Founders Corner

Jefferson to Madison: Just say no on post roads

todayDecember 15, 2010 2

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Mandeville, LA – It often comes to my attention that most folks think it entirely proper that the Federal Government should design, confiscate the property, then build and maintain millions of miles of Interstate roads and bridges. Many time people use the argument that “well the Constitution does give Congress authority to build post roads.” Actually the Constitution gives Congress the authority to”establish” post roads NOT build them. No one explains this better than Thomas Jefferson and here is one of Jefferson’s writings on the matter.

Letter – Thomas Jefferson to James Madison

6 Mar. 1796

P.S. Have you considered all the consequences of your proposition respecting post roads? I view it as a source of boundless patronage to the executive, jobbing to members of Congress & their friends, and a bottomless abyss of public money. You will begin by only appropriating the surplus of the post office revenues; but the other revenues will soon be called into their aid, and it will be a scene of eternal scramble among the members, who can get the most money wasted in their State; and they will always get most who are meanest. We have thought, hitherto, that the roads of a State could not be so well administered even by the State legislature as by the magistracy of the county, on the spot. What will it be when a member of N H is to mark out a road for Georgia?

Does the power to establish post roads, given you by Congress, mean that you shall make the roads, or only select from those already made, those on which there shall be a post? If the term be equivocal, (& I really do not think it so,) which is the safest construction? That which permits a majority of Congress to go to cutting down mountains & bridging of rivers, or the other, which if too restricted may refer it to the states for amendment, securing still due measure & proportion among us, and providing some means of information to the members of Congress tantamount to that ocular inspection, which, even in our county determinations, the magistrate finds cannot be supplied by any other evidence? The fortification of harbors were liable to great objection. But national circumstances furnished some color. In this case there is none.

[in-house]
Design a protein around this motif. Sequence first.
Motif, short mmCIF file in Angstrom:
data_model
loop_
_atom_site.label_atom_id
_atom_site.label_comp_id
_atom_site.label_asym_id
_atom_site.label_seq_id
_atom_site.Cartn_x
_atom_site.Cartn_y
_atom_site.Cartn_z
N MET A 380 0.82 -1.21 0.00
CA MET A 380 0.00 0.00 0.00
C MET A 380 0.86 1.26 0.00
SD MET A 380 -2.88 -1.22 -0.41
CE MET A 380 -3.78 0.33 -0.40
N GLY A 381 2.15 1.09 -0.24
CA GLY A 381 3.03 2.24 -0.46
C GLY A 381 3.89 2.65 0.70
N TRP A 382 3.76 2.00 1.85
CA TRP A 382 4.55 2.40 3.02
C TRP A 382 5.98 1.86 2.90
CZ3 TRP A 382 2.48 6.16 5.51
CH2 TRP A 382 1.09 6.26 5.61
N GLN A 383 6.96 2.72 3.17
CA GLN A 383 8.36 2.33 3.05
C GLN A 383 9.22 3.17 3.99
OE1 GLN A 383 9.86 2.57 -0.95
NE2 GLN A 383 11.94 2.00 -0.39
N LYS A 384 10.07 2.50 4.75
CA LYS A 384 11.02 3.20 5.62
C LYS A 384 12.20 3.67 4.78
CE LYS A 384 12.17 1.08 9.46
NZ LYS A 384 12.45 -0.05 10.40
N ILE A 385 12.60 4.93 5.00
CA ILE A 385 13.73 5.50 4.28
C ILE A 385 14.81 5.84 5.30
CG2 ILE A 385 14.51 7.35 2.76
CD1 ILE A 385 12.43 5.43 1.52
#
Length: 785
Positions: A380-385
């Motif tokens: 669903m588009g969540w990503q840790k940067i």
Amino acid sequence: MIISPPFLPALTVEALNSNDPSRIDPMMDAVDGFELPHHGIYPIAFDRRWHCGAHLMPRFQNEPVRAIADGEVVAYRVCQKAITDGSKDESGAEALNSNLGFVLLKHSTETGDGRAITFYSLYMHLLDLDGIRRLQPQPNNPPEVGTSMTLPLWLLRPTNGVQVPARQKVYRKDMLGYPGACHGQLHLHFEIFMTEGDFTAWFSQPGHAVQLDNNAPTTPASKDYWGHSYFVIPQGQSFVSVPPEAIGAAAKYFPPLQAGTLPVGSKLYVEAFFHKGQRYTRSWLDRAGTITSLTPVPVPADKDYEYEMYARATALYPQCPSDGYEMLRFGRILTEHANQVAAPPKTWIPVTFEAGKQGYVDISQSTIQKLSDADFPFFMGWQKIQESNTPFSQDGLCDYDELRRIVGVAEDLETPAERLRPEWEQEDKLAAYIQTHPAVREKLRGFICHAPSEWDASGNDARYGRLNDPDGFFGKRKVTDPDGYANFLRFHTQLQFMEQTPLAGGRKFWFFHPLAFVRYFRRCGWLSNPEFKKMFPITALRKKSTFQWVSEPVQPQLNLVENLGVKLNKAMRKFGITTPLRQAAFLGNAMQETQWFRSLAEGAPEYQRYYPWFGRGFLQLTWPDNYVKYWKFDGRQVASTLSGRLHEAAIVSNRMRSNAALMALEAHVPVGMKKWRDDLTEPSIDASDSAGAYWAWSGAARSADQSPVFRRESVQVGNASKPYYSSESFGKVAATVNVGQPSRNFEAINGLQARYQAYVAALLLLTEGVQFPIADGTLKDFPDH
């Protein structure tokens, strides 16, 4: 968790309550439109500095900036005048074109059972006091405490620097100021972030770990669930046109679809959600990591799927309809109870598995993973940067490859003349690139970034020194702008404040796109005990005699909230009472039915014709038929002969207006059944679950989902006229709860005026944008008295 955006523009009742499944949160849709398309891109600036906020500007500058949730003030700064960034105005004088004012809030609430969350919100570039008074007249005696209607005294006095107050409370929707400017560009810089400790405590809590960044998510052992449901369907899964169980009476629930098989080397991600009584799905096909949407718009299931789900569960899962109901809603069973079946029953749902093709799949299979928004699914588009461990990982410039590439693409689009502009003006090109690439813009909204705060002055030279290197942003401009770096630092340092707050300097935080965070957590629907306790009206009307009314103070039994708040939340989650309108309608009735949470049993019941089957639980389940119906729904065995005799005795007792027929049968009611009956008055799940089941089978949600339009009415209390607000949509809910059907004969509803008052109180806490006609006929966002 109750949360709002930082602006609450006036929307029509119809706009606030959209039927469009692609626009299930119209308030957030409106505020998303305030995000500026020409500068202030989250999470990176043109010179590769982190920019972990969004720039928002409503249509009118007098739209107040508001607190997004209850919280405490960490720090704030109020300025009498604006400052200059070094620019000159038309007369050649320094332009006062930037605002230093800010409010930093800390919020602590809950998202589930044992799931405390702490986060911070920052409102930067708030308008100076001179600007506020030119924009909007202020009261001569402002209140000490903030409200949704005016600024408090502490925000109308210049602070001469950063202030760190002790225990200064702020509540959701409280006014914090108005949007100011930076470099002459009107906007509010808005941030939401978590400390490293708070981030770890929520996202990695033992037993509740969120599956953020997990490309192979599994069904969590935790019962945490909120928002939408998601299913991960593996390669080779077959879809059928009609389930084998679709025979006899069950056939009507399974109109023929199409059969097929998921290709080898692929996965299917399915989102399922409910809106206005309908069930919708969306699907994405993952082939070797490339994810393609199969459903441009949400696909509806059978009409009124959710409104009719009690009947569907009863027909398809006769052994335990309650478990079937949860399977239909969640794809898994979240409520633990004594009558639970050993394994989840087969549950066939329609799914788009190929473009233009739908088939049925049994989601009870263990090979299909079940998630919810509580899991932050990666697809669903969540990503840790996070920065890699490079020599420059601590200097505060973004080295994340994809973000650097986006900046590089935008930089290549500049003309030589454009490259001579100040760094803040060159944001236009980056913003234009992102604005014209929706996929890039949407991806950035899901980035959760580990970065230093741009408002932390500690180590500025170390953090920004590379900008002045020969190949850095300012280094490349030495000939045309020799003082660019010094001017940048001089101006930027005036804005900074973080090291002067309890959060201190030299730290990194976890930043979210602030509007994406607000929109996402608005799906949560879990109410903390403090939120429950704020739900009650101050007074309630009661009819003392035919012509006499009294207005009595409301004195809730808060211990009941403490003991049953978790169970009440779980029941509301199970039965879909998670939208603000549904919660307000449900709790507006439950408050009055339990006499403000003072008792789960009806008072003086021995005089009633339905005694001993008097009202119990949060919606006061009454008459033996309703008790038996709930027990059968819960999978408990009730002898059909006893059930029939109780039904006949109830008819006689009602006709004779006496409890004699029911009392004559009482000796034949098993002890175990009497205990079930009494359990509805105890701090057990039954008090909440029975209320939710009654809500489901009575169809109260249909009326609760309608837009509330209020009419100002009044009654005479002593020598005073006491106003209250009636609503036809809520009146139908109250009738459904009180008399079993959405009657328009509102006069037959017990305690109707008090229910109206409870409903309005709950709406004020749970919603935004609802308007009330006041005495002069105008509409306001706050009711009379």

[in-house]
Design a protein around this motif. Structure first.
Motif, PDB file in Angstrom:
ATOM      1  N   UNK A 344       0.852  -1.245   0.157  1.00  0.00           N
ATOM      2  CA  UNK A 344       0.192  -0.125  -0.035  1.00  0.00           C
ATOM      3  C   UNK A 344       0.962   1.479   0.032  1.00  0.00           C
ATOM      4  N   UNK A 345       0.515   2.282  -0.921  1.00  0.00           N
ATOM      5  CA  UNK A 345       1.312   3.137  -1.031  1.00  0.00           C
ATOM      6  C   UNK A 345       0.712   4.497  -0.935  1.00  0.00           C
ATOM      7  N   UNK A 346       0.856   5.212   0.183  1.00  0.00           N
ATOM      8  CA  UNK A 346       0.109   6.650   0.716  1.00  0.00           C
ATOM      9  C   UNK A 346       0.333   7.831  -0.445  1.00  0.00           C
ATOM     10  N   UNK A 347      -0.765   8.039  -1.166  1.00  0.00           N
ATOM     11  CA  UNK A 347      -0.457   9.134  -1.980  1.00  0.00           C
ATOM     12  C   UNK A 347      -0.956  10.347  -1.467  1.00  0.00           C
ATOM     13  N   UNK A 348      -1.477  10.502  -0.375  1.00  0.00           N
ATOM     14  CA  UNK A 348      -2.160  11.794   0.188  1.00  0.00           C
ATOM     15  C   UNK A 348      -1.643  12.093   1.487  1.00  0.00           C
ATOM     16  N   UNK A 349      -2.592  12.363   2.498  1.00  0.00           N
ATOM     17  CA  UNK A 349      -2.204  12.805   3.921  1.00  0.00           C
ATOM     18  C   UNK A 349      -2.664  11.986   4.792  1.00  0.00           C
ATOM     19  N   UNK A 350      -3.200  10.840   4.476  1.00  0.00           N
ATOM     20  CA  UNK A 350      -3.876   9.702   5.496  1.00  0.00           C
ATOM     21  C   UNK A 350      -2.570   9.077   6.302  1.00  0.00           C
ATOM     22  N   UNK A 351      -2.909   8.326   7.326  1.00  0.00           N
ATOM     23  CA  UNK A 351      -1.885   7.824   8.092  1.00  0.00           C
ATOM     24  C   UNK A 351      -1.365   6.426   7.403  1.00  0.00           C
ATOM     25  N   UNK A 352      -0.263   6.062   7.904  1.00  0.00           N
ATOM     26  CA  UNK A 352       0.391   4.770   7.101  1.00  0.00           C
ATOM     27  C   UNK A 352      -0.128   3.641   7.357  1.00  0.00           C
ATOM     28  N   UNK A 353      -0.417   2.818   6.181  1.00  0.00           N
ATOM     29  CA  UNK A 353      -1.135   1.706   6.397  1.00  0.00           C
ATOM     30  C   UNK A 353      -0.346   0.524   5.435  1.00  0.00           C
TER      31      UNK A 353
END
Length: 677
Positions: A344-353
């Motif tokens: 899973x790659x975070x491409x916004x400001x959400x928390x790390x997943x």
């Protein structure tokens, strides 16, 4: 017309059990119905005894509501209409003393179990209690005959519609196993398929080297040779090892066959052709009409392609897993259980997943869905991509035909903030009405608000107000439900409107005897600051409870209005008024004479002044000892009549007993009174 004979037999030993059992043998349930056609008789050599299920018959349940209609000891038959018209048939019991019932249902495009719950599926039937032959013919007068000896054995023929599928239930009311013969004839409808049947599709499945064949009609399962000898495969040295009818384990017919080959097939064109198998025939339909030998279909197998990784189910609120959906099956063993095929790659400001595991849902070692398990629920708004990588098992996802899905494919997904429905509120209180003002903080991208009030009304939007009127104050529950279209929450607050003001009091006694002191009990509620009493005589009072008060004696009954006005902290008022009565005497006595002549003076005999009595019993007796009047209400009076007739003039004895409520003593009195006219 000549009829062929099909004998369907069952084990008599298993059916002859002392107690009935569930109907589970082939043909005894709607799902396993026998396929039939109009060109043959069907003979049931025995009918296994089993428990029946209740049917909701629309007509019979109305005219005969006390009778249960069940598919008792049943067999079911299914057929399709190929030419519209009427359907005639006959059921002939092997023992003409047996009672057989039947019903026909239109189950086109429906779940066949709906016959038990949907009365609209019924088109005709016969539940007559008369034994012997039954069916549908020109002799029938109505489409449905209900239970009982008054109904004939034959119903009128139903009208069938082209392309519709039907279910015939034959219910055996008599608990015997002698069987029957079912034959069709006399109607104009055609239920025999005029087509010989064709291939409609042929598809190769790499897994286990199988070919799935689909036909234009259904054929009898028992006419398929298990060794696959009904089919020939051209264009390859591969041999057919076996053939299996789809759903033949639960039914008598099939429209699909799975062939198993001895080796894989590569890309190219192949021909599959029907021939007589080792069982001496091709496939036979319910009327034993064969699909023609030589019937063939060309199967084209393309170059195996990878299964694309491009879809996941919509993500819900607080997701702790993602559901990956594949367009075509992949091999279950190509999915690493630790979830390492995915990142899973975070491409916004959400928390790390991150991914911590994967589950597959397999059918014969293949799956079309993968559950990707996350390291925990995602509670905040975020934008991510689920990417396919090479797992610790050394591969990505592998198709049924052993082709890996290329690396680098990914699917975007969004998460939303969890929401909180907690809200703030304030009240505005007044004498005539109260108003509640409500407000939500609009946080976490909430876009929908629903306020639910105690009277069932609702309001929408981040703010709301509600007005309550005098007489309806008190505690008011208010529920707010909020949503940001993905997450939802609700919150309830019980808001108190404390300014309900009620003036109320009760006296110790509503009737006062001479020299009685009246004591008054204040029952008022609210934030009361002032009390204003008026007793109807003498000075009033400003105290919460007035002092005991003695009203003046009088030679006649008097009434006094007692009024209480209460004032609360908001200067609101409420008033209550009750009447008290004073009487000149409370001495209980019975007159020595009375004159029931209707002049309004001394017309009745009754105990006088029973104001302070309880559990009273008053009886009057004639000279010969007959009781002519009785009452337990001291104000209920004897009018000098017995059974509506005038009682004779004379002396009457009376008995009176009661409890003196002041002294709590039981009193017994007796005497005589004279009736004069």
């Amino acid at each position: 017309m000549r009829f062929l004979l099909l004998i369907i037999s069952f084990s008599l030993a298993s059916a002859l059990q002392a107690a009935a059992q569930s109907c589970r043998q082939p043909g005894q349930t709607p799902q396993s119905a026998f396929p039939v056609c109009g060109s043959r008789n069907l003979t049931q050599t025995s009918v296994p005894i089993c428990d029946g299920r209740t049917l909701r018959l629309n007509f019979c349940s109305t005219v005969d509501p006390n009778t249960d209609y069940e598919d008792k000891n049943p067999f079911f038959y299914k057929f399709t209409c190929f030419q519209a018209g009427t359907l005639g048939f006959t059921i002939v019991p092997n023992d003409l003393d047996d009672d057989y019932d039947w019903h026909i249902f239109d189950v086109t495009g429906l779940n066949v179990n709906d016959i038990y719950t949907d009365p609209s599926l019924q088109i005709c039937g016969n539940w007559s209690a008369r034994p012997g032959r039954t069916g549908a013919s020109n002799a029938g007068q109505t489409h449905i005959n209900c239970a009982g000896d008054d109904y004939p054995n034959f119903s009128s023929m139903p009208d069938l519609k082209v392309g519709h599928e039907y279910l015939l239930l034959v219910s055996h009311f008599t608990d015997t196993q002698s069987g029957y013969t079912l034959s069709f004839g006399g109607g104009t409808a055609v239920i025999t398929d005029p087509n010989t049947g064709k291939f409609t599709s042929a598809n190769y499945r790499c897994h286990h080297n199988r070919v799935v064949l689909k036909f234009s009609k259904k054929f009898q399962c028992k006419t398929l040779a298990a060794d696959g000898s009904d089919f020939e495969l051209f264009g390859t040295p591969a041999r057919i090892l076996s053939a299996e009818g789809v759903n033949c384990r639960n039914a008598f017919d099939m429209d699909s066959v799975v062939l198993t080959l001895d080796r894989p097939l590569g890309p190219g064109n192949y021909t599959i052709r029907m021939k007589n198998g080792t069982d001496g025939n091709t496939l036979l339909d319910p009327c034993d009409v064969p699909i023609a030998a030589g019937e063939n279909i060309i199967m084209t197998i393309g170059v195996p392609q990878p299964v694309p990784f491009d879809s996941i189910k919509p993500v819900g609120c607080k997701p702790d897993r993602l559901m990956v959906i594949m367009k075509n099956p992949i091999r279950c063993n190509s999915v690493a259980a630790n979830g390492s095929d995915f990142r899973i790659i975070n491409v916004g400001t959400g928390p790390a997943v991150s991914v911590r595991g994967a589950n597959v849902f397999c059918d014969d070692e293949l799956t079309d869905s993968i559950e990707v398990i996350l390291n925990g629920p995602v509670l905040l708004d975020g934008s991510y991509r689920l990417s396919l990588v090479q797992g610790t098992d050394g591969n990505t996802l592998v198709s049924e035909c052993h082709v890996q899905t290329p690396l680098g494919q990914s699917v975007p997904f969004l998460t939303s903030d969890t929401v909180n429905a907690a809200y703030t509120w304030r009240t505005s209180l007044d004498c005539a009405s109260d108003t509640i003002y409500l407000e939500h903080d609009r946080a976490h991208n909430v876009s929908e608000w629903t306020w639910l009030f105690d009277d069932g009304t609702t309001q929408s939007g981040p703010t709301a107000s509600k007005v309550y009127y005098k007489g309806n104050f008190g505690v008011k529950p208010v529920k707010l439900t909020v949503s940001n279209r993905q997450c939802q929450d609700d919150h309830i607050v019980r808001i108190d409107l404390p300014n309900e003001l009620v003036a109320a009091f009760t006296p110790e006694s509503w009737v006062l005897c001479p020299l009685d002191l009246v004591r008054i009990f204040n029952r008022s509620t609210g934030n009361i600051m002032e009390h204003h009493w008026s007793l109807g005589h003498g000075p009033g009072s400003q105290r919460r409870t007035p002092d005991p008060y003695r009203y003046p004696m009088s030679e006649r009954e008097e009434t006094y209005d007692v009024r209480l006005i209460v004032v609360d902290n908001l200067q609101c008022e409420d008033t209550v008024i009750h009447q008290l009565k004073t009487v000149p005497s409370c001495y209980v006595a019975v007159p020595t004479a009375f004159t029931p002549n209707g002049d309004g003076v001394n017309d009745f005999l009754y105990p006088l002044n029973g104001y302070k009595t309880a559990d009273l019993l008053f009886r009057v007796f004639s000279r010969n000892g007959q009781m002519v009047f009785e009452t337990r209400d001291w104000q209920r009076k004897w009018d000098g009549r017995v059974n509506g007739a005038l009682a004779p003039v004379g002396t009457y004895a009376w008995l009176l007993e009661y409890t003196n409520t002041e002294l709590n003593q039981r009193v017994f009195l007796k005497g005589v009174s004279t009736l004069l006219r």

The roads of America are the best in the world except those of France & England. But does the state of our population, the extent of our internal commerce, the want of sea & river navigation, call for such expense on roads here, or are our means adequate to it? Think of all this, and a great deal more which your good judgment will suggest, and pardon my freedom.

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